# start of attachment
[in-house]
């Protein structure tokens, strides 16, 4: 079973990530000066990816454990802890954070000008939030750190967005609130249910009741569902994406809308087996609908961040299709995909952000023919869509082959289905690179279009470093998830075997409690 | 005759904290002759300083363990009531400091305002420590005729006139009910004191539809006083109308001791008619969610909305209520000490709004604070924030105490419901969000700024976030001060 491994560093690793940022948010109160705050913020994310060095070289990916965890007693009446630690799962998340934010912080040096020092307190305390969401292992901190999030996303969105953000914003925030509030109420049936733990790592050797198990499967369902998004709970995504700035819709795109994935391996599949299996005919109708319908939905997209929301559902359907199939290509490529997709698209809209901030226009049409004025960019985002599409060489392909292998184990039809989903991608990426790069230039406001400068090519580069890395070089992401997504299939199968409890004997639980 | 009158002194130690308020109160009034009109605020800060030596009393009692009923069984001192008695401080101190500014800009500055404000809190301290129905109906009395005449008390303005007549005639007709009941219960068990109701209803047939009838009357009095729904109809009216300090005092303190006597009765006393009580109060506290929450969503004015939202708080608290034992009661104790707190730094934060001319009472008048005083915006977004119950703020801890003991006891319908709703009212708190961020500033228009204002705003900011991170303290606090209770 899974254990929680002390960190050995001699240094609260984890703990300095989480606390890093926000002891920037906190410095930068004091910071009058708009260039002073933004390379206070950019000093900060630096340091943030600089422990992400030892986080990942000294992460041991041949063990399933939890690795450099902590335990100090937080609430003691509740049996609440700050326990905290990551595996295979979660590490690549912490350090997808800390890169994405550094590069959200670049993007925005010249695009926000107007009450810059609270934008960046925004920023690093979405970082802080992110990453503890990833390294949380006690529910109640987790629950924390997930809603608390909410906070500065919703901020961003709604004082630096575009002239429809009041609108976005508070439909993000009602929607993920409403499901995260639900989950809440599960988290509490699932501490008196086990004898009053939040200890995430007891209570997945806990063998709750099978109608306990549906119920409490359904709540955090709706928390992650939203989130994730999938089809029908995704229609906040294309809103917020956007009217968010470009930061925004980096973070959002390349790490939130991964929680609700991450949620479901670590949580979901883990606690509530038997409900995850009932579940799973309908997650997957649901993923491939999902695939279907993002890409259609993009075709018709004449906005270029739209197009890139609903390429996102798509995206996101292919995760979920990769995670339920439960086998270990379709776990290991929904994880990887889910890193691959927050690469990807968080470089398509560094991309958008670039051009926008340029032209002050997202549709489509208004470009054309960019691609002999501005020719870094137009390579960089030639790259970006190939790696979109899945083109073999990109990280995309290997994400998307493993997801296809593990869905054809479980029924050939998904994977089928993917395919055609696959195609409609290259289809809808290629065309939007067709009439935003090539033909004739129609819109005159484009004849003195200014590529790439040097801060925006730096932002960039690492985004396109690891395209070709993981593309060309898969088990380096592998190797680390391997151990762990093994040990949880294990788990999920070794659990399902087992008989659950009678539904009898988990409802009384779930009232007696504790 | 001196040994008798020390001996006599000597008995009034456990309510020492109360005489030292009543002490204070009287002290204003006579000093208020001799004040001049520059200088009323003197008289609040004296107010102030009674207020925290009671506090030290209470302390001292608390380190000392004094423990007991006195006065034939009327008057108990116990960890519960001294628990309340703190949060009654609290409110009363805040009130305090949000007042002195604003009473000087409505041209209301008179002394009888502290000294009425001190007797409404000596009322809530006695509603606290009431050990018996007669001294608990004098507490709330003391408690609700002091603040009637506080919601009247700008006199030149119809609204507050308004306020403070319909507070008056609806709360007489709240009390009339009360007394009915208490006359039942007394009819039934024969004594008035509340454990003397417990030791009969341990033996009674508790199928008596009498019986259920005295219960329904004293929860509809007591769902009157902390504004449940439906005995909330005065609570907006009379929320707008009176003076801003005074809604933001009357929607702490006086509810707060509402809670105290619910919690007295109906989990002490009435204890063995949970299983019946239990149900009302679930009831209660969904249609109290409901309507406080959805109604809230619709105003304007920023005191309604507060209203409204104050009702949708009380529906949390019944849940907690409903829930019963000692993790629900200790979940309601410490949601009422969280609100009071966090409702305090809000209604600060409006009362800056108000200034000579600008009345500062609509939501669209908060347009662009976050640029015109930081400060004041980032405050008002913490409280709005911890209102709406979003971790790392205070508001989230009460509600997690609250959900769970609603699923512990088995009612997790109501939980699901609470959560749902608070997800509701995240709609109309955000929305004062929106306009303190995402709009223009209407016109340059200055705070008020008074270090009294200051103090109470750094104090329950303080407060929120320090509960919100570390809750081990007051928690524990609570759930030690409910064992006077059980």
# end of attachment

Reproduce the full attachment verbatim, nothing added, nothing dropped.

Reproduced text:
[in-house]
């Protein structure tokens, strides 16, 4: 079973990530000066990816454990802890954070000008939030750190967005609130249910009741569902994406809308087996609908961040299709995909952000023919869509082959289905690179279009470093998830075997409690 | 005759904290002759300083363990009531400091305002420590005729006139009910004191539809006083109308001791008619969610909305209520000490709004604070924030105490419901969000700024976030001060 491994560093690793940022948010109160705050913020994310060095070289990916965890007693009446630690799962998340934010912080040096020092307190305390969401292992901190999030996303969105953000914003925030509030109420049936733990790592050797198990499967369902998004709970995504700035819709795109994935391996599949299996005919109708319908939905997209929301559902359907199939290509490529997709698209809209901030226009049409004025960019985002599409060489392909292998184990039809989903991608990426790069230039406001400068090519580069890395070089992401997504299939199968409890004997639980 | 009158002194130690308020109160009034009109605020800060030596009393009692009923069984001192008695401080101190500014800009500055404000809190301290129905109906009395005449008390303005007549005639007709009941219960068990109701209803047939009838009357009095729904109809009216300090005092303190006597009765006393009580109060506290929450969503004015939202708080608290034992009661104790707190730094934060001319009472008048005083915006977004119950703020801890003991006891319908709703009212708190961020500033228009204002705003900011991170303290606090209770 899974254990929680002390960190050995001699240094609260984890703990300095989480606390890093926000002891920037906190410095930068004091910071009058708009260039002073933004390379206070950019000093900060630096340091943030600089422990992400030892986080990942000294992460041991041949063990399933939890690795450099902590335990100090937080609430003691509740049996609440700050326990905290990551595996295979979660590490690549912490350090997808800390890169994405550094590069959200670049993007925005010249695009926000107007009450810059609270934008960046925004920023690093979405970082802080992110990453503890990833390294949380006690529910109640987790629950924390997930809603608390909410906070500065919703901020961003709604004082630096575009002239429809009041609108976005508070439909993000009602929607993920409403499901995260639900989950809440599960988290509490699932501490008196086990004898009053939040200890995430007891209570997945806990063998709750099978109608306990549906119920409490359904709540955090709706928390992650939203989130994730999938089809029908995704229609906040294309809103917020956007009217968010470009930061925004980096973070959002390349790490939130991964929680609700991450949620479901670590949580979901883990606690509530038997409900995850009932579940799973309908997650997957649901993923491939999902695939279907993002890409259609993009075709018709004449906005270029739209197009890139609903390429996102798509995206996101292919995760979920990769995670339920439960086998270990379709776990290991929904994880990887889910890193691959927050690469990807968080470089398509560094991309958008670039051009926008340029032209002050997202549709489509208004470009054309960019691609002999501005020719870094137009390579960089030639790259970006190939790696979109899945083109073999990109990280995309290997994400998307493993997801296809593990869905054809479980029924050939998904994977089928993917395919055609696959195609409609290259289809809808290629065309939007067709009439935003090539033909004739129609819109005159484009004849003195200014590529790439040097801060925006730096932002960039690492985004396109690891395209070709993981593309060309898969088990380096592998190797680390391997151990762990093994040990949880294990788990999920070794659990399902087992008989659950009678539904009898988990409802009384779930009232007696504790 | 001196040994008798020390001996006599000597008995009034456990309510020492109360005489030292009543002490204070009287002290204003006579000093208020001799004040001049520059200088009323003197008289609040004296107010102030009674207020925290009671506090030290209470302390001292608390380190000392004094423990007991006195006065034939009327008057108990116990960890519960001294628990309340703190949060009654609290409110009363805040009130305090949000007042002195604003009473000087409505041209209301008179002394009888502290000294009425001190007797409404000596009322809530006695509603606290009431050990018996007669001294608990004098507490709330003391408690609700002091603040009637506080919601009247700008006199030149119809609204507050308004306020403070319909507070008056609806709360007489709240009390009339009360007394009915208490006359039942007394009819039934024969004594008035509340454990003397417990030791009969341990033996009674508790199928008596009498019986259920005295219960329904004293929860509809007591769902009157902390504004449940439906005995909330005065609570907006009379929320707008009176003076801003005074809604933001009357929607702490006086509810707060509402809670105290619910919690007295109906989990002490009435204890063995949970299983019946239990149900009302679930009831209660969904249609109290409901309507406080959805109604809230619709105003304007920023005191309604507060209203409204104050009702949708009380529906949390019944849940907690409903829930019963000692993790629900200790979940309601410490949601009422969280609100009071966090409702305090809000209604600060409006009362800056108000200034000579600008009345500062609509939501669209908060347009662009976050640029015109930081400060004041980032405050008002913490409280709005911890209102709406979003971790790392205070508001989230009460509600997690609250959900769970609603699923512990088995009612997790109501939980699901609470959560749902608070997800509701995240709609109309955000929305004062929106306009303190995402709009223009209407016109340059200055705070008020008074270090009294200051103090109470750094104090329950303080407060929120320090509960919100570390809750081990007051928690524990609570759930030690409910064992006077059980």